The screenplay for The Show (1927) was written by frequent Browning collaborator Waldemer Young (with uncredited help from Browning). It is (very loosely) based on Charles Tenney Jackson’s novel, “The Day of Souls.” Originally titled “Cock O’ the Walk”, The Show is one of the most bizarre productions to emerge from silent cinema, nearly on par with the director’s The Unknown from the same year.
John Gilbert plays Cock Robin, the ballyhoo man at the Palace of Illusions. A frequent Browning trademark is a character with the name of an animal and Gilbert’s Robin is a proud Cock indeed, both in character and in the actor playing the character. The Show amounted to punishment for star Gilbert who had made what turned out to be a fatal error. When co-star and fiancee Greta Garbo failed to show up at their planned wedding, Gilbert was left humiliated at the alter when boss Louis B. Mayer made a rather loud derogatory remark for all to hear. Gilbert responded by thrashing Mayer. Mayer swore revenge, vowing to destroy Gilbert’s career, regardless of cost (at the time Gilbert was the highest paid star in Hollywood). Mayer’s revenge began here and climaxed with the coming of sound when Mayer reportedly had sound recording manipulated in order to wreck Gilbert’s voice and career. Whether Mayer’s tinkering with Gilbert’s voice is legendary or not, Mayer did intentionally set out to give Gilbert increasingly unflattering roles and the consequences were devastating for Gilbert. Having fallen so far, so fast, Gilbert took to excessive drink. He actually had a fine voice and starred in a few sound films, including Tod Browning’s Fast Workers (1933) and with Garbo in Queen Christina (1933. She insisted on Gilbert, over Mayer’s strenuous objections). Gilbert died forgotten at 37 in 1936, and became the inspiration for the Norman Maine character in a Star is Born (1937). The Show was the first film after Gilbert’s aborted wedding incident and instead of playing his usual role of swashbuckling matinee idol, Gilbert is cast as a cocky lecher.
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London After Midnight (1927) is the most sought after and discussed lost film of the silent era. Whether it actually deserves to be the most sought after has been intensely debated, but the fact that London After Midnight is lost is solely the fault of MGM.
MGM head Louis B. Mayer was something akin to the devil incarnate. For Mayer, film was strictly profitable, escapist fare to corn feed an increasingly dumb down audiences. At the opposite end of the spectrum was his in-house studio competitor, producer Irving Thalberg, who nurtured the Tod Brownings and Lon Chaneys of the world. Thalberg was hardly infallible (he sided with Mayer, against Erich von Stroheim’s 9-hour version of Greed [1925,] which resulted in the film being excised and led to an actual fistfight between Mayer and Stroheim). However, Thalberg’s concern was to make quality films, as he saw quality. Hardly the egoist, Thalberg never took a producer’s credit. He could turn out escapist family fare, but he was eclectic in his tastes and had a penchant for edgy, risk taking films with only the side of his eye on the profit meter.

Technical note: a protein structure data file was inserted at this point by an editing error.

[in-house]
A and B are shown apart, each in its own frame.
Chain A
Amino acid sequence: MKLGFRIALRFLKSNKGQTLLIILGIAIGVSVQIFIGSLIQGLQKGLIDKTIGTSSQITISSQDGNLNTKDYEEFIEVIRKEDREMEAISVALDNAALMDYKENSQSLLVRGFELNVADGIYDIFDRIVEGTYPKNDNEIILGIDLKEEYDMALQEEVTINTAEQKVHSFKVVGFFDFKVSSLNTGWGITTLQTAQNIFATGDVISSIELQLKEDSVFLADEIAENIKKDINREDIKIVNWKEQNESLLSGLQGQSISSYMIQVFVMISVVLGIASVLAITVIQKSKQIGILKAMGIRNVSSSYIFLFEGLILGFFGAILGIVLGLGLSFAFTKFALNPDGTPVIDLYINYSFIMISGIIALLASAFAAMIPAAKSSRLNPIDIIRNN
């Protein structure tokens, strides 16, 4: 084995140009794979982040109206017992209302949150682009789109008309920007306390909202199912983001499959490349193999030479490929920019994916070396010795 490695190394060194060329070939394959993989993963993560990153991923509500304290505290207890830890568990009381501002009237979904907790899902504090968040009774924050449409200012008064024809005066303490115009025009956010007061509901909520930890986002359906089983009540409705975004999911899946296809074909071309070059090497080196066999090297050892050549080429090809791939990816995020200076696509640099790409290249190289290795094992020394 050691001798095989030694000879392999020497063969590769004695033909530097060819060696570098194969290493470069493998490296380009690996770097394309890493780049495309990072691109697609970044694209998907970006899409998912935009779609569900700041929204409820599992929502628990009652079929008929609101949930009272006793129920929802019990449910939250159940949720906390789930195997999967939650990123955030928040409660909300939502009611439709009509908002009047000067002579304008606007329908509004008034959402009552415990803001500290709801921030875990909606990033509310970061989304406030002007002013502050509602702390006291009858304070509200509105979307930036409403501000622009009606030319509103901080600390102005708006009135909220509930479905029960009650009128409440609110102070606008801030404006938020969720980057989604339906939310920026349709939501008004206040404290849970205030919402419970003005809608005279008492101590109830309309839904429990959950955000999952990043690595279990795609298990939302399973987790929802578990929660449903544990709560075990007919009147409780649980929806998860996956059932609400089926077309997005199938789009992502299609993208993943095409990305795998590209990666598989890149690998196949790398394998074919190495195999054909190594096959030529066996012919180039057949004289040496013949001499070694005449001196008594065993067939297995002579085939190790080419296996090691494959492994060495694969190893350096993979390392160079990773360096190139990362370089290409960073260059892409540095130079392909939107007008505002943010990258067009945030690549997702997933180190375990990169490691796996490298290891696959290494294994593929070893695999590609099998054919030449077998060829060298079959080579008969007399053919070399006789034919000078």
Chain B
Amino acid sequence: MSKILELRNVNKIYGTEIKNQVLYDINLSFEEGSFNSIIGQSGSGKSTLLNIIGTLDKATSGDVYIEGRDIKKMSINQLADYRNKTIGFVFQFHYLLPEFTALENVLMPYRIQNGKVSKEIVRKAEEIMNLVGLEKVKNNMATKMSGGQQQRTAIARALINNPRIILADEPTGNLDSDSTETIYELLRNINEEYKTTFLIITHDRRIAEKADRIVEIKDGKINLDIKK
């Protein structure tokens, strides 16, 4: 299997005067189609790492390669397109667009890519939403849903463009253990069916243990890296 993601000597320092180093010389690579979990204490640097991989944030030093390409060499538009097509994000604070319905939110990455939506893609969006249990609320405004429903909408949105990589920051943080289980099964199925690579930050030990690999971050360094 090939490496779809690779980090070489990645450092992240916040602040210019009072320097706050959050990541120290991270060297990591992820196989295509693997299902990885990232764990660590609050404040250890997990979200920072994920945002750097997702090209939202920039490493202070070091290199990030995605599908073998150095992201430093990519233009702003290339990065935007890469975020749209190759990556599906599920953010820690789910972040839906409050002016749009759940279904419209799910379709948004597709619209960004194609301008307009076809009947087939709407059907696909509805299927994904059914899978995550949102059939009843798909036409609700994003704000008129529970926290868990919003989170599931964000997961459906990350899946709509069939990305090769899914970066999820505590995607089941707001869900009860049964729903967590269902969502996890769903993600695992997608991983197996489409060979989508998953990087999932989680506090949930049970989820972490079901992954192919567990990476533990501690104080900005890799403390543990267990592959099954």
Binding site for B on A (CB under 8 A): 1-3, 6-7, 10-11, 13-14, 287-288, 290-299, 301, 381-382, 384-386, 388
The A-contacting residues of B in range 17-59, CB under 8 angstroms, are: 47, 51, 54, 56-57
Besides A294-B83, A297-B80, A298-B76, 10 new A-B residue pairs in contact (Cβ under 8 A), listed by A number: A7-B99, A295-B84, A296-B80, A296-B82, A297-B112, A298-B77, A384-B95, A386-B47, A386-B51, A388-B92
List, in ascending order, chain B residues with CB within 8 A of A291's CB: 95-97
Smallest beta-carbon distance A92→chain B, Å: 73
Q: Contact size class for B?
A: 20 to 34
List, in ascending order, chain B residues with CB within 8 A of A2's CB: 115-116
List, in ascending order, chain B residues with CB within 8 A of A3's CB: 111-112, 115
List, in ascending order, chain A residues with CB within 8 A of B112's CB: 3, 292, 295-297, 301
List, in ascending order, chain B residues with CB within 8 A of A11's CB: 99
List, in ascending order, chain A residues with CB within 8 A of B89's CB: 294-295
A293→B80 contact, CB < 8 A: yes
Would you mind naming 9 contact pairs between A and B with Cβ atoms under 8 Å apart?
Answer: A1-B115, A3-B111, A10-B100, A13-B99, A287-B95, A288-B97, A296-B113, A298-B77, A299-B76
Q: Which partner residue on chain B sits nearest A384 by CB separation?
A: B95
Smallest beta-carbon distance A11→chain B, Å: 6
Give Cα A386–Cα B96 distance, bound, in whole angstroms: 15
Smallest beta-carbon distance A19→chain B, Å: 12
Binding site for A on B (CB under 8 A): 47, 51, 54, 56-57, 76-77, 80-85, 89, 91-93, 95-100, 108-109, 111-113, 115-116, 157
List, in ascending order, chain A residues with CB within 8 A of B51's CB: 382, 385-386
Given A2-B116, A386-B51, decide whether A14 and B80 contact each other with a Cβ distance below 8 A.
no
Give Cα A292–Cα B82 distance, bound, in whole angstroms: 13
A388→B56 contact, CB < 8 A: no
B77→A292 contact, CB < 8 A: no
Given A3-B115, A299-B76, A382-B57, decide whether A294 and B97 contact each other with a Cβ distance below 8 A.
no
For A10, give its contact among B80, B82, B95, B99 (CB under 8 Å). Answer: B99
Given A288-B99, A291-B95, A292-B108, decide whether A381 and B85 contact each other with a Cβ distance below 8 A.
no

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The Unknown (1927) is one of the final masterpieces of the silent film era. Suspend disbelief and step into the carnival of the absurd. The Unknown is the ebony carousel of theTod Browning/Lon Chaney oeuvre, the one film in which the artists’ obsessions perfectly crystallized. This is a film uniquely of its creators’ time, place and psychosis and, therefore, it is an entirely idiosyncratic work of art, which has never been remotely mimicked, nor could it be. That it was made at MGM borders on the miraculous, or the delightfully ridiculous, but then this was an era of exploratory boundaries, even at the big studios (again, the risk-taking Irving Thalberg produced).
“There is a story they tell in old Madrid. The story, they say is true.” So opens the tale of “Alonzo, the Armless.” Browning spins his yarn like a seasoned barker at the Big Top of a gypsy circus where “the Sensation of Sensations! The Wonder of Wonders!,” Alonzo (Lon Chaney), the Armless, throws knives, with his feet, at the object of his secret affection, Nanon (an 18 year old Joan Crawford).
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The Road to Mandalay (1926) & West of Zanzibar (1928) represent the Tod Browning/Lon Chaney collaboration at the height of its nefarious, Oedipal zenith, brought to you, for your entertainment, by Irving Thalberg.
Unfortunately, The Road to Mandalay exists only in fragmented and disintegrated state, a mere 36 minutes of its original seven reels. In this passionately pretentious film, which is not related to the Kipling poem, Chaney plays “dead-eyed” Singapore Joe (Chaney achieved the eye effect with egg white) who runs a Singapore brothel. Joe’s business associates are the black spiders of the Seven Seas: the Admiral Herrington (Owen Moore) and English Charlie Wing (Kamiyama Sojin), the best knife-thrower in the Orient. Joe’s relationship with his partners is tense and, often, threatening.
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